Proposal includes strategic steps to reduce water rate increases
May, 2022 – The San Diego County Water Authority is taking strategic steps to minimize rate increases for its 24 member agencies and their customers, while ensuring a safe, reliable, and affordable water supply as drought grips California for a third consecutive year.
Water Authority staff today proposed increasing rates and charges for member agencies by 5.2% for treated water and 3.7% for untreated water in calendar year 2023. The increases are attributable to historically high inflation, significant energy cost increases from SDG&E, and continued cost increases by the Metropolitan Water District of Southern California. The Water Authority Board is expected to vote on rates for next year at its regular meeting on June 23, following a public hearing.
“We recognize inflationary pressures are challenging for many residents and we are working collaboratively with all levels of government to identify, advocate for, and improve water affordability,” said Water Authority General Manager Sandra L. Kerl. “As our rate-setting process moves forward, we will remain focused on maintaining the lowest possible rates while delivering a safe and reliable water supply during the driest period in more than 1,200 years.”
The Water Authority’s commitment to affordability includes securing $25 million from the State of California to pay water bills for San Diego County residents impacted by COVID-19; securing $80 million through advocacy efforts in 2021 and distributing that money to member agencies; avoiding hundreds of millions in future costs on water deliveries; and maintaining strong credit ratings that reduce the cost of debt.
In 2023, the Water Authority proposes charging its 24 member agencies the equivalent to an all-in rate of $1,579 per acre-foot for untreated water, or $56 more per acre-foot than they currently pay. Charges would be $1,929 per acre-foot for treated water, or $96 more per acre-foot than in 2022. (Note: An acre-foot is about 325,900 gallons, enough to serve the annual needs of 2.5 typical four-person households in San Diego County.)
Actual figures will vary by member agency, and each member agency will incorporate costs from the Water Authority into the retail rates it charges to residents, businesses, and institutions.
The Water Authority’s overall rate increase is driven by multiple factors, including rising costs for its water supplies, including increases to water treatment (driven by energy costs), conserved water supplies driven by inflation, and continued increases from Metropolitan Water District of Southern California, including a 7% increase for untreated supplies.
Each year, the Water Authority’s rate proposal is developed in conjunction with an independent cost-of-service study to ensure rates and charges comply with state law, legal requirements, cost-of-service standards, and Board policies. For 2023, an additional consultant hired to perform a cost-of-service review again affirmed the Water Authority’s process. Throughout the six-month rate setting process, the Water Authority worked closely with its member agencies to keep the proposed rates and charges at the low end of earlier projections.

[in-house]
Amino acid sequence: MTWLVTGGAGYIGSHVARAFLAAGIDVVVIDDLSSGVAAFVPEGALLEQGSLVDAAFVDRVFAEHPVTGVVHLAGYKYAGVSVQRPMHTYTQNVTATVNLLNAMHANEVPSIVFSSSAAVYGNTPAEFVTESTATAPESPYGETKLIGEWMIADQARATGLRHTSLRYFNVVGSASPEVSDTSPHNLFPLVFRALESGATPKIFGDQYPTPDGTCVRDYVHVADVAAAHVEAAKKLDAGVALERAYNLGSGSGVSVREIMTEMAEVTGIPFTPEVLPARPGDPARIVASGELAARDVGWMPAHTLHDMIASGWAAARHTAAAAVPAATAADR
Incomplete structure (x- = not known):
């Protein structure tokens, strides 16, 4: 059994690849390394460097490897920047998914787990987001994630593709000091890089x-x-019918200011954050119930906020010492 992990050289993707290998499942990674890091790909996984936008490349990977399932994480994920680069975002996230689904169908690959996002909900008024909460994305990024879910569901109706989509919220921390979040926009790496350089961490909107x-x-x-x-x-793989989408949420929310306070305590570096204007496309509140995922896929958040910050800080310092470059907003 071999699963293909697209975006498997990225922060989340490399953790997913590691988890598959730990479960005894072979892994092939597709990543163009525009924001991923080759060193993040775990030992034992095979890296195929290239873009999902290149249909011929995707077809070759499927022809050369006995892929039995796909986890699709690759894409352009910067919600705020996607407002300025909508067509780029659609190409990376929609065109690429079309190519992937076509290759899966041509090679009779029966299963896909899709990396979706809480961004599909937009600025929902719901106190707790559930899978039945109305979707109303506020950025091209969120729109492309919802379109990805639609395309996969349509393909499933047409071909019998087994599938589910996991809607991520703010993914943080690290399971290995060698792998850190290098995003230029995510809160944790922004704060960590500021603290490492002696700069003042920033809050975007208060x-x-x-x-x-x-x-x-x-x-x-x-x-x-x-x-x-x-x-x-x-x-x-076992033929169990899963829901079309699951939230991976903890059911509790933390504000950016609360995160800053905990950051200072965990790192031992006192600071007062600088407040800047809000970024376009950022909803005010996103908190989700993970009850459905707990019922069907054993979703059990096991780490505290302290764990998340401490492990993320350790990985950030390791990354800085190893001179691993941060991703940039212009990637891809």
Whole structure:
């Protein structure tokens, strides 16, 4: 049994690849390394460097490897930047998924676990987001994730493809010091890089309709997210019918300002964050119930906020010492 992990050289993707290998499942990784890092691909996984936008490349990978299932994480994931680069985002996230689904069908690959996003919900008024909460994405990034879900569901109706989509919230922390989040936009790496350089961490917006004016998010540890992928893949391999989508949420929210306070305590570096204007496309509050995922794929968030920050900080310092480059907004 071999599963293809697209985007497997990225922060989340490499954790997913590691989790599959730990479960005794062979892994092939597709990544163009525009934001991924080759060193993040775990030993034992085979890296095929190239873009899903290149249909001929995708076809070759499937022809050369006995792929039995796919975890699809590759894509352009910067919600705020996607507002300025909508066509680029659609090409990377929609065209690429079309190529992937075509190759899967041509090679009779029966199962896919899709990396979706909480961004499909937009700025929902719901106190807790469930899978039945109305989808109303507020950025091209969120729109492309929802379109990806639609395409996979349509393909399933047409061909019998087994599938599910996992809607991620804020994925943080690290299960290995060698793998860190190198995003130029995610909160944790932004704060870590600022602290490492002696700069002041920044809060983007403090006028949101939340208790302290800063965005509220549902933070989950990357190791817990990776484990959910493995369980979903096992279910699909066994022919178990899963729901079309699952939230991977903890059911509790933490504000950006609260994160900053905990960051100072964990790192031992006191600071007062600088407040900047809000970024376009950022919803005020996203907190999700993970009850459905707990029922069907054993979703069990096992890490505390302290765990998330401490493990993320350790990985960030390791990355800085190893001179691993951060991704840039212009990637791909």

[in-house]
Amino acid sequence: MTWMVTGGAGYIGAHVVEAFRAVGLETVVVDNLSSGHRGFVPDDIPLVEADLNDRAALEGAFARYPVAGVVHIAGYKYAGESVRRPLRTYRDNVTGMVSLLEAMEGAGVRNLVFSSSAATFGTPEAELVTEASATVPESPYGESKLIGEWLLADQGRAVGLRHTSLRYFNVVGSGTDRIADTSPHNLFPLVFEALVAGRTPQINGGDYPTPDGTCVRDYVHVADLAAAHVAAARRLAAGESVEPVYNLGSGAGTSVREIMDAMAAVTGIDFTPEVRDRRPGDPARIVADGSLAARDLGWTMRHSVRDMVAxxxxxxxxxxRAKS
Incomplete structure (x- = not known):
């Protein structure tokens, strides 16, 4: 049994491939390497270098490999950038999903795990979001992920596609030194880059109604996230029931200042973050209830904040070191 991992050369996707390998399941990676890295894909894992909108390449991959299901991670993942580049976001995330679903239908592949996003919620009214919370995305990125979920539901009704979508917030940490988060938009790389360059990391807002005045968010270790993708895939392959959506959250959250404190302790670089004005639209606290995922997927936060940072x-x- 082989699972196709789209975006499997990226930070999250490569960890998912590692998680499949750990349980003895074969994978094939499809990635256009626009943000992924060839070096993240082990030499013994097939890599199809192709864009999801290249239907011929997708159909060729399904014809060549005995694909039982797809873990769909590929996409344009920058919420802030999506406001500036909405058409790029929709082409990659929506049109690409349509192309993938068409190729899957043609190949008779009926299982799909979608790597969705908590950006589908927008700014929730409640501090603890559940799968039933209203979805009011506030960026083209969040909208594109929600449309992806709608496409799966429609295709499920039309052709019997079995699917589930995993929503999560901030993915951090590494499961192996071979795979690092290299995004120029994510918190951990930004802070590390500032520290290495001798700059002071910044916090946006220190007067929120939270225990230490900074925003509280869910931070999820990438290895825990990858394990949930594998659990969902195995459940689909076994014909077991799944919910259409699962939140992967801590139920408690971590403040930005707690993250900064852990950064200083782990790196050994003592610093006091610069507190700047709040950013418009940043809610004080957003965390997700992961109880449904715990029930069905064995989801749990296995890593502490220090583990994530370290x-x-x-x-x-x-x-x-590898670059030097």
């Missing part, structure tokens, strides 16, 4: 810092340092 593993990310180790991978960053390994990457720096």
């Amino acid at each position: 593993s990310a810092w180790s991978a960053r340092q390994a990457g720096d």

“Despite the current inflationary environment and the challenges of the pandemic, our strategic financial planning and management of debt allows us to keep the proposed rates at the low end of our projections,” said Water Authority Finance Director Lisa Marie Harris. “We continue to control rates while maintaining a complex water production, treatment and delivery system that supports the region now, and for decades to come.”
The rate proposal also includes strategic management of the Water Authority debt portfolio resulting in $130 million in net present value savings from several refundings.
The 2023 rate proposal ensures debt-coverage ratios that maintain the Water Authority’s strong credit ratings and minimize the cost of borrowing money for construction projects, an approach that saves ratepayers money over the long run. The Water Authority has senior lien credit ratings of AAA from Standard & Poor’s, AA+ from Fitch ratings and Aa2 from Moody’s.
For more information about the Water Authority’s proposed 2023 rates, go the May Board packet starting on page 215 at: https://www.sdcwa.org/wp-content/uploads/2021/11/2022_05_26BoardPacketSEC.pdf
The San Diego County Water Authority sustains a $240 billion regional economy and the quality of life for 3.3 million residents through a multi-decade water supply diversification plan, major infrastructure investments and forward-thinking policies that promote fiscal and environmental responsibility. A public agency created in 1944, the Water Authority delivers wholesale water supplies to 24 retail water providers, including cities, special districts and a military base.